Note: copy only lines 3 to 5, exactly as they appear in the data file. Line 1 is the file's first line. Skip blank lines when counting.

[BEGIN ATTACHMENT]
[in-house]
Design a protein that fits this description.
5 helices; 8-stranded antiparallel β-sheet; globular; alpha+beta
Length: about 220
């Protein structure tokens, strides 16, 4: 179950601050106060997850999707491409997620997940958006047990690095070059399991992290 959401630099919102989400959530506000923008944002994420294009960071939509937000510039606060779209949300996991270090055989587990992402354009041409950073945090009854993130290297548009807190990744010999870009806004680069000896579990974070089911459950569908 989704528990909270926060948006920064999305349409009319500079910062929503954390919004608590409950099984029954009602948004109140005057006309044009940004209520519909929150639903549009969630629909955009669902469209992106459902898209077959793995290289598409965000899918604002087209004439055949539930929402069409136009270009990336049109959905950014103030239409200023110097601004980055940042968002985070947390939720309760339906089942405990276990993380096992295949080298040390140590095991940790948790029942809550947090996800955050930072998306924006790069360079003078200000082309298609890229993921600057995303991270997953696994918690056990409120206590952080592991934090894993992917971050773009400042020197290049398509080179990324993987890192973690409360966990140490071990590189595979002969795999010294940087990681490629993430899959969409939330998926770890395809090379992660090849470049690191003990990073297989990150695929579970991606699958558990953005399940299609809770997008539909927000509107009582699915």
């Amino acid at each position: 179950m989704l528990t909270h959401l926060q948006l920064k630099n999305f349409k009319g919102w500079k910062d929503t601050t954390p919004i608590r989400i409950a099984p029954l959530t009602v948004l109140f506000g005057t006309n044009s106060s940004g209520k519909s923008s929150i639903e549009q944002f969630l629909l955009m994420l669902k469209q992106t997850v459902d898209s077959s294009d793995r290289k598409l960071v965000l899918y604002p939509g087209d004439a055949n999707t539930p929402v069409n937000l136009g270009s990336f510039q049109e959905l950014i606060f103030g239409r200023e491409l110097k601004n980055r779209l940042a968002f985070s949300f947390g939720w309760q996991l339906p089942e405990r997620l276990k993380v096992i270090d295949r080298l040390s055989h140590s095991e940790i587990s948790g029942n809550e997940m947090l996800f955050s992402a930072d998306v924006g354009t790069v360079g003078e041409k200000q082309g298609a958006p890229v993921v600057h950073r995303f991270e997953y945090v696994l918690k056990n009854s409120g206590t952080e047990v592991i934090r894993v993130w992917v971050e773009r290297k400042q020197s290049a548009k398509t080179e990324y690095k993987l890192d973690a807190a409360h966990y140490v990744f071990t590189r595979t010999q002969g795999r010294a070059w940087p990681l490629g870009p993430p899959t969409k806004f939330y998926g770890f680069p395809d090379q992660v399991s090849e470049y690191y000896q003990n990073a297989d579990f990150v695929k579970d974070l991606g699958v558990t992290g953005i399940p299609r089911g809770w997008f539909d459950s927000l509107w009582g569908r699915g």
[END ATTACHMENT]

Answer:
5 helices; 8-stranded antiparallel β-sheet; globular; alpha+beta
Length: about 220
């Protein structure tokens, strides 16, 4: 179950601050106060997850999707491409997620997940958006047990690095070059399991992290 959401630099919102989400959530506000923008944002994420294009960071939509937000510039606060779209949300996991270090055989587990992402354009041409950073945090009854993130290297548009807190990744010999870009806004680069000896579990974070089911459950569908 989704528990909270926060948006920064999305349409009319500079910062929503954390919004608590409950099984029954009602948004109140005057006309044009940004209520519909929150639903549009969630629909955009669902469209992106459902898209077959793995290289598409965000899918604002087209004439055949539930929402069409136009270009990336049109959905950014103030239409200023110097601004980055940042968002985070947390939720309760339906089942405990276990993380096992295949080298040390140590095991940790948790029942809550947090996800955050930072998306924006790069360079003078200000082309298609890229993921600057995303991270997953696994918690056990409120206590952080592991934090894993992917971050773009400042020197290049398509080179990324993987890192973690409360966990140490071990590189595979002969795999010294940087990681490629993430899959969409939330998926770890395809090379992660090849470049690191003990990073297989990150695929579970991606699958558990953005399940299609809770997008539909927000509107009582699915």